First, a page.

All six high-temperature superconductor current leads (HTS CLs), which will connect JT-60SA's superconducting Toroidal Field (TF) coils with the power supplies, have been delivered to Naka, Japan – the location of where JT-60SA is being constructed.
The HTS CLs are one of the European in-kind contributions to the JT-60SA project (one of the three large projects covered by the Broader Approach agreement concluded between the European Atomic Energy Community (Euratom) and Japan), voluntarily contributed by Germany. KIT (Karlsruhe Institute of Technology), the designated German contributor, in consultation with F4E and JAEA selected the most advanced high temperature superconductor current lead design which KIT have already previously developed for the Wendelstein 7-X experiment.
The electrical connection between the warm power cables of the power supplies and the cold superconducting electrical network of the coils is realised by special helium-cooled connectors, the so-called current leads. In total, twenty-six such current leads are being produced. The additional 20 current leads will be used to connect the power supplies with the JT-60SA Poloidal Field (PF) coils and the central solenoid modules. The current leads use high-temperature superconductor (HTS) tapes to reduce the resistive losses while creating a thermal barrier to reduce the heat flow to the very cold electrical networks. Ten HTS CLs for the PF coils will be shipped around October 2016, while the delivery of the remaining ten HTS CLs is scheduled for 2017.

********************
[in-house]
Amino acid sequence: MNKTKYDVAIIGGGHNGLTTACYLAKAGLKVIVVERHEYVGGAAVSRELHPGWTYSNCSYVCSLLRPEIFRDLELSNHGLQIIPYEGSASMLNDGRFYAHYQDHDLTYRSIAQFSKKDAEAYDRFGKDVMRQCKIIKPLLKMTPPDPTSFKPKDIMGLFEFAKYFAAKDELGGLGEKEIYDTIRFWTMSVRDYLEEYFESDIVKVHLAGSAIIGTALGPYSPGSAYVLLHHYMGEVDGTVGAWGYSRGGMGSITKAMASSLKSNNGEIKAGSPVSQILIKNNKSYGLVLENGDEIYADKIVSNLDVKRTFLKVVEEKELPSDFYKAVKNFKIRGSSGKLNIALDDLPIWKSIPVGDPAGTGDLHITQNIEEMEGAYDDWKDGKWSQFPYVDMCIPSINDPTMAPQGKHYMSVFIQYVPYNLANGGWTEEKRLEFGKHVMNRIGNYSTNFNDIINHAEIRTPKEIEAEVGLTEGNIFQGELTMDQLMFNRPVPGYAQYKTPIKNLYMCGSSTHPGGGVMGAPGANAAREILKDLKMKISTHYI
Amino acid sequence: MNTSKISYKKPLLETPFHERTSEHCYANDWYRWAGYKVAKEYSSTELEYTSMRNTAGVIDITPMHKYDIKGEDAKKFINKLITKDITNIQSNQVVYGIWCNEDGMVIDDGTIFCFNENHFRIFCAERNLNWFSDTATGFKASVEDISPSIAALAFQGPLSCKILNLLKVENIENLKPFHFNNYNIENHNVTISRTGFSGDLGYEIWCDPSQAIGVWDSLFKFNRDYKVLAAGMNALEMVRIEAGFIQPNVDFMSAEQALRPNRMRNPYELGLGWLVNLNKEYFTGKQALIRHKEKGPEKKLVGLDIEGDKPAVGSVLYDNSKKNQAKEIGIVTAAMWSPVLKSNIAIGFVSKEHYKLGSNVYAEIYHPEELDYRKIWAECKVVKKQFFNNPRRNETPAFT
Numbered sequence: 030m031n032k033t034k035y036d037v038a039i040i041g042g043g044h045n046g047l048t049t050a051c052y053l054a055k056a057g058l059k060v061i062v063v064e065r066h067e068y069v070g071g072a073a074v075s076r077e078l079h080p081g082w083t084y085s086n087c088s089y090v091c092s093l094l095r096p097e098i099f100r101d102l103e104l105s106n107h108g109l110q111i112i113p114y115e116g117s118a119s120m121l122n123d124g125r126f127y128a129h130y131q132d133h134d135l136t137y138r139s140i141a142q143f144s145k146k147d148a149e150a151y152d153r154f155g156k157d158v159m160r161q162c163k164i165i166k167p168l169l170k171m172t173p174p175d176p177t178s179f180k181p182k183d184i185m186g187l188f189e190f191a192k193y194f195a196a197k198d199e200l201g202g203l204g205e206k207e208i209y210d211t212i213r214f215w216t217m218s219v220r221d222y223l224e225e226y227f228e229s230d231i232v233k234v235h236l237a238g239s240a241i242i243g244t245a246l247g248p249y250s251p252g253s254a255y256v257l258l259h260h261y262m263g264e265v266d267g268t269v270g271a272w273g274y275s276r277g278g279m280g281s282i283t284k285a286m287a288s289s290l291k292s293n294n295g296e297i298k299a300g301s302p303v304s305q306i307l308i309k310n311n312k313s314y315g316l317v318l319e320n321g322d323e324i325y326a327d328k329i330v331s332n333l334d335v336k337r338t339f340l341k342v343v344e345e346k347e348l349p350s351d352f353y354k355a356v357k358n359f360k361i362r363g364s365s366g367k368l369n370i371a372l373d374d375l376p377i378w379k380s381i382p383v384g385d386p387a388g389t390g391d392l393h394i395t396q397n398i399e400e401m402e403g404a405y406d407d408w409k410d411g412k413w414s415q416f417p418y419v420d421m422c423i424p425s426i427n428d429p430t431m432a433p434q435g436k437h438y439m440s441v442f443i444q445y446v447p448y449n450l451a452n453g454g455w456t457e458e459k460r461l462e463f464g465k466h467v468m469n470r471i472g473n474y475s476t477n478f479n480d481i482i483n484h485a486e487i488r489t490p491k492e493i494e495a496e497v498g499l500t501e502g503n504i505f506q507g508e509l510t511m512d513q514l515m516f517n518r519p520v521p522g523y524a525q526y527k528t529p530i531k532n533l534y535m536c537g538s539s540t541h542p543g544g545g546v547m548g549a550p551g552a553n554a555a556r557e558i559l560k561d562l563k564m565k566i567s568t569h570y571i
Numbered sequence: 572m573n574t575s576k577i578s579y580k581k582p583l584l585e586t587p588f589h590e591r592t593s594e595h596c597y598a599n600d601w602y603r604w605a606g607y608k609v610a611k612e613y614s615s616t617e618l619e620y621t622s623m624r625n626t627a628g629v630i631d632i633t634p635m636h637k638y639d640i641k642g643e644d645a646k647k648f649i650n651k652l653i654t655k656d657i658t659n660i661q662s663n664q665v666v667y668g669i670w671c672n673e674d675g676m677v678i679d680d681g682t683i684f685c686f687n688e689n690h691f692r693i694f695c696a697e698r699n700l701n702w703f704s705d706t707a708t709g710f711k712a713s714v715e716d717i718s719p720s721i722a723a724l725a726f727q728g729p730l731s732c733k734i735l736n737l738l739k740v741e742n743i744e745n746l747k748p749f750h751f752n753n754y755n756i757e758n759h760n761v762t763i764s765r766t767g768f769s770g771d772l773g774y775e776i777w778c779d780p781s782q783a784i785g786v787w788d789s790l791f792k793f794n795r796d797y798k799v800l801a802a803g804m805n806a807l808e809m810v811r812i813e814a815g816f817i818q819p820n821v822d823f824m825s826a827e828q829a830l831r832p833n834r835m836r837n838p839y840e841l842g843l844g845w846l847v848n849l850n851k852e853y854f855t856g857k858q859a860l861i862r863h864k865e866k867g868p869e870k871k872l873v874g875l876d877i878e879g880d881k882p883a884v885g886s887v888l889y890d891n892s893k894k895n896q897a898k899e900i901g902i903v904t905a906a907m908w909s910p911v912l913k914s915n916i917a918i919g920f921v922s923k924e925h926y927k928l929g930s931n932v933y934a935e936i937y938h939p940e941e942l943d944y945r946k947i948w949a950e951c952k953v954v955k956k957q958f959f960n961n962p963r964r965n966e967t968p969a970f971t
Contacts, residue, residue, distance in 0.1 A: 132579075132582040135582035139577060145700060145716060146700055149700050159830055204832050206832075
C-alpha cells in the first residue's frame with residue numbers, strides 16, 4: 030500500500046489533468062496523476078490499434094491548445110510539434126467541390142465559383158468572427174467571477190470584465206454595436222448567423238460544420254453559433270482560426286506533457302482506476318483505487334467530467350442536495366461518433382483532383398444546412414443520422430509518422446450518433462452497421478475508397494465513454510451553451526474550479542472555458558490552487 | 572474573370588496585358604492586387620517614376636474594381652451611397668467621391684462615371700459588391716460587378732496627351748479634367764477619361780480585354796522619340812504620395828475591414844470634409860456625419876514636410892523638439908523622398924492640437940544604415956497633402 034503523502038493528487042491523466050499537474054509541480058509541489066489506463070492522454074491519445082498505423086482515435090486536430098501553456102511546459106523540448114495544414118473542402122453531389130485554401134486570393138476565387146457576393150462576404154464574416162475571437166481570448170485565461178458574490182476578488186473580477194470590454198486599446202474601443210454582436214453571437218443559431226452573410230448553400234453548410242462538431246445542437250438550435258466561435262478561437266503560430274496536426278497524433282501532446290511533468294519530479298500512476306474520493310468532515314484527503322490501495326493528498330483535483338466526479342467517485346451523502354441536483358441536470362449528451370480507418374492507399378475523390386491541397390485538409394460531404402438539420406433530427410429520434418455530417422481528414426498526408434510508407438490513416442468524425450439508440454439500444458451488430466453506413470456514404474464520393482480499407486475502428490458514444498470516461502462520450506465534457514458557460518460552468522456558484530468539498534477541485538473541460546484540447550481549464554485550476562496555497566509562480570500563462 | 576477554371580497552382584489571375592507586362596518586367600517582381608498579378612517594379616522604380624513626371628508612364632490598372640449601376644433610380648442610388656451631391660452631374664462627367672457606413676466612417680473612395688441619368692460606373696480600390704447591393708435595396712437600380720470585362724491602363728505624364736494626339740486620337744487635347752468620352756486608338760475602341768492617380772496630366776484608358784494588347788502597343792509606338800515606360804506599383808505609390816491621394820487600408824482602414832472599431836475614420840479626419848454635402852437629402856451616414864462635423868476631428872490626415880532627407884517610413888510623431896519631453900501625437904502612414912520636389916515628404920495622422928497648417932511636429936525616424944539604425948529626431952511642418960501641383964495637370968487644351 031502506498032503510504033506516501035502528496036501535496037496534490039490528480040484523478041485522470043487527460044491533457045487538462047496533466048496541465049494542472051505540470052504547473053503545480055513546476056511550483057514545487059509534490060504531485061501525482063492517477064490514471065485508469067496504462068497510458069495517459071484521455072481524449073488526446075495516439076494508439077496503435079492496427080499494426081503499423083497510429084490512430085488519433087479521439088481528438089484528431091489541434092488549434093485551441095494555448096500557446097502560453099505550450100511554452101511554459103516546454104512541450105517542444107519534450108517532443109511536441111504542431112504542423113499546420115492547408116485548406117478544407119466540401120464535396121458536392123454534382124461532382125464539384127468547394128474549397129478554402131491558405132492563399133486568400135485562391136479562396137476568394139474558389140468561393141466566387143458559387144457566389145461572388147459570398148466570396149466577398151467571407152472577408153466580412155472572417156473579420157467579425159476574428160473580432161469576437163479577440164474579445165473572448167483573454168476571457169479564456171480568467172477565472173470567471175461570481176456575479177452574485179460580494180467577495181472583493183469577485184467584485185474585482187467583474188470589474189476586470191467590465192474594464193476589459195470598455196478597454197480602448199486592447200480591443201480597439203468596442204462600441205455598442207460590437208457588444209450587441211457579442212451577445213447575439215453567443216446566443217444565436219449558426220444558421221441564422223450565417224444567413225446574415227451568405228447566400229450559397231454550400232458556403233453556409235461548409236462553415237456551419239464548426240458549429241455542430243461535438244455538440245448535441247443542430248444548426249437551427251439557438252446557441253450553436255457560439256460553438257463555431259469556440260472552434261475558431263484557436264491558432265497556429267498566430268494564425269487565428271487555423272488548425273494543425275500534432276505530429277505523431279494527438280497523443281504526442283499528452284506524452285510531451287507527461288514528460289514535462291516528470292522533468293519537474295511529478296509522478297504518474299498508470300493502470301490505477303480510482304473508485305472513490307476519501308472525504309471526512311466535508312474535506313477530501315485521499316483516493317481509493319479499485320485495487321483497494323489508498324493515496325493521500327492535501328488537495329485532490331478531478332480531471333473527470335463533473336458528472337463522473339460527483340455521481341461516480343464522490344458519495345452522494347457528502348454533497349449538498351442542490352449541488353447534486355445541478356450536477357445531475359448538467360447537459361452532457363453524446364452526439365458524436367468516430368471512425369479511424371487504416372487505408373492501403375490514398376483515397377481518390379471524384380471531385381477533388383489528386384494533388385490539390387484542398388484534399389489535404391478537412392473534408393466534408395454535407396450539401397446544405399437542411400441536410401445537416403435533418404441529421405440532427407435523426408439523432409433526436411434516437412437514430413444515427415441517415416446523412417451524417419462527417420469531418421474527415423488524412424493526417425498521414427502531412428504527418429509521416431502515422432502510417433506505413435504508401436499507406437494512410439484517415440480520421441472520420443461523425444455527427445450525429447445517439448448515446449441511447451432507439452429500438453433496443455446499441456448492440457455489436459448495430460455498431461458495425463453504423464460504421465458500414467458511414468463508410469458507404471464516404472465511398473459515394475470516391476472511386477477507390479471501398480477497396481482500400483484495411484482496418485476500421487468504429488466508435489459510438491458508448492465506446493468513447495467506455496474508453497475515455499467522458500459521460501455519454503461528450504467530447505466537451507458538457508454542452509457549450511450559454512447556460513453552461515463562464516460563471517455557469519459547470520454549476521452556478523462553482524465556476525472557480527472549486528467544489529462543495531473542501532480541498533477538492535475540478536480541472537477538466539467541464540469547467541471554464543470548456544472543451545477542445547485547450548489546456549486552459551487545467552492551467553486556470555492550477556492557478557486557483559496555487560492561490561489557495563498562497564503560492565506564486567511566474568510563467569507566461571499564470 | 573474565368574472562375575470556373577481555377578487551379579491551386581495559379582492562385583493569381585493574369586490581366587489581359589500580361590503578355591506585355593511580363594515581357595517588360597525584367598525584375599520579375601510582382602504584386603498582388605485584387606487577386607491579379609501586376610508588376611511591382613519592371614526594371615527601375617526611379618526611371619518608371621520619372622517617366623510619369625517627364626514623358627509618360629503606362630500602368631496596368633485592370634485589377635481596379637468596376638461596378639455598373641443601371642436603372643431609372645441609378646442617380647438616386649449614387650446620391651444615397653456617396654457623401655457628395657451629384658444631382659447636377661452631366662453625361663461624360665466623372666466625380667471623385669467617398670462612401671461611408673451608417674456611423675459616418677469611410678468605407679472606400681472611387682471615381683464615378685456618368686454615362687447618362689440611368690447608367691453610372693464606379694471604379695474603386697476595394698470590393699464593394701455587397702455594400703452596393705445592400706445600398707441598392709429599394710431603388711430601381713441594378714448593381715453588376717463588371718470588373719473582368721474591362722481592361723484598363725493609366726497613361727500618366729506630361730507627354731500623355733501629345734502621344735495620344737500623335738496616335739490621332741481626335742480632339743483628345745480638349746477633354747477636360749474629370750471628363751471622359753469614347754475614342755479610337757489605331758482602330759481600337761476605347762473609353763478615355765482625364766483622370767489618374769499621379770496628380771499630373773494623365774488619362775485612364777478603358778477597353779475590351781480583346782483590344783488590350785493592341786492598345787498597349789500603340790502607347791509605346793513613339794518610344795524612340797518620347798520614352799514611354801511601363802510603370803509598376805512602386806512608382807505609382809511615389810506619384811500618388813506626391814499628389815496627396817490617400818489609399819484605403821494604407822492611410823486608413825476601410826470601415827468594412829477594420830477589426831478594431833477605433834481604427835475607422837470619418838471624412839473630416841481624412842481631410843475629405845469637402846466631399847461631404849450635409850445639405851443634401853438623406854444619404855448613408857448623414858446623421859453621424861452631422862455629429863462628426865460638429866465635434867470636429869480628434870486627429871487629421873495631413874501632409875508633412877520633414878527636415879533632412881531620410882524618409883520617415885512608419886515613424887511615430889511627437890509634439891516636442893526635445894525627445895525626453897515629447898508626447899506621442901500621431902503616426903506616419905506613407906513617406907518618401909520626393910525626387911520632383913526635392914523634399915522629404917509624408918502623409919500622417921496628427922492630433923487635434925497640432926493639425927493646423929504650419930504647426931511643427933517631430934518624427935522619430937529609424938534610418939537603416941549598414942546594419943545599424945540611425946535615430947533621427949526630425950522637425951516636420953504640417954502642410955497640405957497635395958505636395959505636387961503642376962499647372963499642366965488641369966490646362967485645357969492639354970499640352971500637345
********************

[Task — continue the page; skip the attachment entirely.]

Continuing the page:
Mr Stefan Kaufmann, Member of the German Parliament, visited the JT-60SA Naka site recently and was able to see the high-temperature superconductor current leads delivered for the TF coils.
The delivered current leads will now be provided by JAEA to the manufacturer of the so-called coil terminal box (CTB) for the TF coils. The assembly of the cold end of the HTS CL with the superconducting network in the CTB requires some skills to achieve a very low contact resistance (in the order of one nano-Ohm) and an electrical insulated vacuum enclosure. For this reason representatives of the Japanese manufacturer and of JAEA visited KIT for several days of training.
"This achievement is marking a fundamental milestone of a complex multi-year programme, involving the fabrication of the components and the parallel development of the test facilities. This important EU contribution has been possible thanks to the extensive know-how, developed at KIT on high-temperature superconductors, coupled with the dedication of KIT researchers, engineers and professional personnel", said Prof. Dr. Joachim Knebel, Head of Division Mechanical and Electrical Engineering at KIT.